Jesus had left Nazareth to begin preaching when he was thirty and was crucified about three years later. The mission to get the message out could never be restricted to that time span. Jesus had said to his first four fishermen-disciples, "Come, follow me, and I will make you fishers of men" (1.17).
Jesus, by his death and resurrection, would complete a work nobody else could do, but he would commit to his disciples - and to us - the faithful sharing of the good news throughout the world. That was always the plan. That is still the plan.
The message - so good and so true - is complete. The mission is still being fulfilled.
The disciples of Jesus weren't just learning his teaching, but learning to share his mission. They were apprentices, and in today's reading, he sent them out two by two. He "gave them authority over evil spirits" (v. 7). They were his representatives, sent at his bidding to do his work.
There was an urgency to the task and they were to have what one writer has called "a studied simplicity of life". They were to be dependent on the welcome they received and, where they were not made welcome, they were to leave. The message was for all. All were to be given the opportunity to respond. Where people refused to receive to the message, "shake the dust off your feet when you leave, as a testimony against them" (v. 11). The moment of opportunity would pass them by.
"They went out and preached that people should repent. They drove out many demons and anointed many sick people with oil and healed them" (vv. 12-13).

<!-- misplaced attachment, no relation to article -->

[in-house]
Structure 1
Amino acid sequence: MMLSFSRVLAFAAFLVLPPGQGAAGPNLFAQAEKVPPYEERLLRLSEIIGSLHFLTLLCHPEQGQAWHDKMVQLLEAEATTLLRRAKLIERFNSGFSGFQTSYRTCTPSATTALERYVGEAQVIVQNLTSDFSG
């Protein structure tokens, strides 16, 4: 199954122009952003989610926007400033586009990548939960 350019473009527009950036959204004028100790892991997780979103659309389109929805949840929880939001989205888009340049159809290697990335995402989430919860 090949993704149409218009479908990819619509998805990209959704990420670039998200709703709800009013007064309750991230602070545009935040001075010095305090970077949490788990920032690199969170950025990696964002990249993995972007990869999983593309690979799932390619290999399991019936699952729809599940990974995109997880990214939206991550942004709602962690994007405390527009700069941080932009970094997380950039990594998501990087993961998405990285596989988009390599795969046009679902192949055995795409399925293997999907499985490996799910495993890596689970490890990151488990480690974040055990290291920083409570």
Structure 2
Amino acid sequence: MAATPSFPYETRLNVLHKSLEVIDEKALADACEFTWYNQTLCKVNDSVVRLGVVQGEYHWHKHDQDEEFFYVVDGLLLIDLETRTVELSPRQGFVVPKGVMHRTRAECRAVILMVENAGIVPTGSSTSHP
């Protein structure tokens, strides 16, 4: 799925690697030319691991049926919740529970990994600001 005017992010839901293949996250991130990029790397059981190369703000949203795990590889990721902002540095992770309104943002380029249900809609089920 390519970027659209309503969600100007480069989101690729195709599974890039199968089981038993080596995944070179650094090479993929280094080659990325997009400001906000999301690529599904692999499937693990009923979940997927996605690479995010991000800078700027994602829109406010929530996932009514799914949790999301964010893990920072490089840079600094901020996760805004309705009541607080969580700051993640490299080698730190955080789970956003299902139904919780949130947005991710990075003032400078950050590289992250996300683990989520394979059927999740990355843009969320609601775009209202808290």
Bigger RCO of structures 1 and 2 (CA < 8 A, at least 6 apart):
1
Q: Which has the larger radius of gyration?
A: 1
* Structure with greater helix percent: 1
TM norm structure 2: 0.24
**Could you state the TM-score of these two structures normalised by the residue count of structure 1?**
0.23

In general, the response was much better than Jesus himself had received in Nazareth - a great encouragement for the trainees!
As already mentioned, the message - so good and so true - is complete. The mission is still being fulfilled. We live after the cross, after the resurrection, after the great commission, after the ascension, after the coming of the Holy Spirit at Pentecost...
Peter could tell the crowds, "Therefore let all Israel be assured of this: God has made this Jesus, whom you crucified, both Lord and Christ" (Acts 2.36), and he could call on them, "Repent and be baptised, every one of you, in the name of Jesus Christ for the forgiveness of your sins. And you will receive the gift of the Holy Spirit. The promise is for you and your children and for all who are far off - for all whom the Lord our God will call" (vv. 38-39).
Paul could write to the Christians in Rome, "I am not ashamed of the gospel, because it is the power of God for the salvation of everyone who believes: first for the Jew, then for the Gentile" (Rom. 1.16).
Too good to be true? No! So good and so true! True for Australians! True for our neighbours and friends! True for all who will welcome it!
We are authorised by Christ himself to take this message into our community. He is depending on us! Are we depending on him? The message is so good and so true. Let us step forward confidently - together with one another, together with our Lord!